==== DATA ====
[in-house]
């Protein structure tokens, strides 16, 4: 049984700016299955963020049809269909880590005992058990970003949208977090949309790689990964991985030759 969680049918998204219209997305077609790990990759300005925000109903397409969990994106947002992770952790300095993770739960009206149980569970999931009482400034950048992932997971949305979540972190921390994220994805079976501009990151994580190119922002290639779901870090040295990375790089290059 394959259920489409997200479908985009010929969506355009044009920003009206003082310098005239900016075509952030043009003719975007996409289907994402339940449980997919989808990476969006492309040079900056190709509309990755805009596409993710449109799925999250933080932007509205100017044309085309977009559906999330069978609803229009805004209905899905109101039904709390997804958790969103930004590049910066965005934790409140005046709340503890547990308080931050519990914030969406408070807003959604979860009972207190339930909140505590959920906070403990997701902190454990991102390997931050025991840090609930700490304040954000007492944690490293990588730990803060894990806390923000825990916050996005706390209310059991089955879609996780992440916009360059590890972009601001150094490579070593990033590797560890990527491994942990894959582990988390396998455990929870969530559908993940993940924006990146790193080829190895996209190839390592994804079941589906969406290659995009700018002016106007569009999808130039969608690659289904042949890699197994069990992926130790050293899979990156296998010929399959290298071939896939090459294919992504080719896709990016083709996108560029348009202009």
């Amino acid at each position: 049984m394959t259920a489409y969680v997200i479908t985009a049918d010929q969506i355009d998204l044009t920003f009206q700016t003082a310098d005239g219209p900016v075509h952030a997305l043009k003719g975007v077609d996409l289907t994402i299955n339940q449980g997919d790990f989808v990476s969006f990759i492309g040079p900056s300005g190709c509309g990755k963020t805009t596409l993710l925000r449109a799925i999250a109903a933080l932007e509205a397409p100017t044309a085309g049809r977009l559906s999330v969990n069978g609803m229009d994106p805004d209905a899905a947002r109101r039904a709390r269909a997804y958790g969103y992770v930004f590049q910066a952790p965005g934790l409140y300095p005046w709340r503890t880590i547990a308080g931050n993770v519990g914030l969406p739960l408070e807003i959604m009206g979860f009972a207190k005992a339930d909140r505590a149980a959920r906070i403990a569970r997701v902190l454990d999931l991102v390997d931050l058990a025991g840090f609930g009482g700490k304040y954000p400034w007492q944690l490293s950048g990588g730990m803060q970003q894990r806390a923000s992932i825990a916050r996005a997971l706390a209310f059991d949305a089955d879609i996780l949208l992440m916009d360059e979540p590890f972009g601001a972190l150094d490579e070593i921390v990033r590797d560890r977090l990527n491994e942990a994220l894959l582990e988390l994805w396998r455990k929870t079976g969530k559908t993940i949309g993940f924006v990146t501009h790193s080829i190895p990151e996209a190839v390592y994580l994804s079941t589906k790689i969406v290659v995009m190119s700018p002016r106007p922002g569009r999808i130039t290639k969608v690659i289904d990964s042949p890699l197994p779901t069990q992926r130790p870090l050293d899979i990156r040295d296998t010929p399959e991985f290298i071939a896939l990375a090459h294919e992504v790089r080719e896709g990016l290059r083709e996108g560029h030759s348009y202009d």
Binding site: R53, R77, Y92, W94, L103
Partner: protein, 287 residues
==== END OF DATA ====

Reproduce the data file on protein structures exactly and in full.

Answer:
[in-house]
């Protein structure tokens, strides 16, 4: 049984700016299955963020049809269909880590005992058990970003949208977090949309790689990964991985030759 969680049918998204219209997305077609790990990759300005925000109903397409969990994106947002992770952790300095993770739960009206149980569970999931009482400034950048992932997971949305979540972190921390994220994805079976501009990151994580190119922002290639779901870090040295990375790089290059 394959259920489409997200479908985009010929969506355009044009920003009206003082310098005239900016075509952030043009003719975007996409289907994402339940449980997919989808990476969006492309040079900056190709509309990755805009596409993710449109799925999250933080932007509205100017044309085309977009559906999330069978609803229009805004209905899905109101039904709390997804958790969103930004590049910066965005934790409140005046709340503890547990308080931050519990914030969406408070807003959604979860009972207190339930909140505590959920906070403990997701902190454990991102390997931050025991840090609930700490304040954000007492944690490293990588730990803060894990806390923000825990916050996005706390209310059991089955879609996780992440916009360059590890972009601001150094490579070593990033590797560890990527491994942990894959582990988390396998455990929870969530559908993940993940924006990146790193080829190895996209190839390592994804079941589906969406290659995009700018002016106007569009999808130039969608690659289904042949890699197994069990992926130790050293899979990156296998010929399959290298071939896939090459294919992504080719896709990016083709996108560029348009202009």
């Amino acid at each position: 049984m394959t259920a489409y969680v997200i479908t985009a049918d010929q969506i355009d998204l044009t920003f009206q700016t003082a310098d005239g219209p900016v075509h952030a997305l043009k003719g975007v077609d996409l289907t994402i299955n339940q449980g997919d790990f989808v990476s969006f990759i492309g040079p900056s300005g190709c509309g990755k963020t805009t596409l993710l925000r449109a799925i999250a109903a933080l932007e509205a397409p100017t044309a085309g049809r977009l559906s999330v969990n069978g609803m229009d994106p805004d209905a899905a947002r109101r039904a709390r269909a997804y958790g969103y992770v930004f590049q910066a952790p965005g934790l409140y300095p005046w709340r503890t880590i547990a308080g931050n993770v519990g914030l969406p739960l408070e807003i959604m009206g979860f009972a207190k005992a339930d909140r505590a149980a959920r906070i403990a569970r997701v902190l454990d999931l991102v390997d931050l058990a025991g840090f609930g009482g700490k304040y954000p400034w007492q944690l490293s950048g990588g730990m803060q970003q894990r806390a923000s992932i825990a916050r996005a997971l706390a209310f059991d949305a089955d879609i996780l949208l992440m916009d360059e979540p590890f972009g601001a972190l150094d490579e070593i921390v990033r590797d560890r977090l990527n491994e942990a994220l894959l582990e988390l994805w396998r455990k929870t079976g969530k559908t993940i949309g993940f924006v990146t501009h790193s080829i190895p990151e996209a190839v390592y994580l994804s079941t589906k790689i969406v290659v995009m190119s700018p002016r106007p922002g569009r999808i130039t290639k969608v690659i289904d990964s042949p890699l197994p779901t069990q992926r130790p870090l050293d899979i990156r040295d296998t010929p399959e991985f290298i071939a896939l990375a090459h294919e992504v790089r080719e896709g990016l290059r083709e996108g560029h030759s348009y202009d």
Binding site: R53, R77, Y92, W94, L103
Partner: protein, 287 residues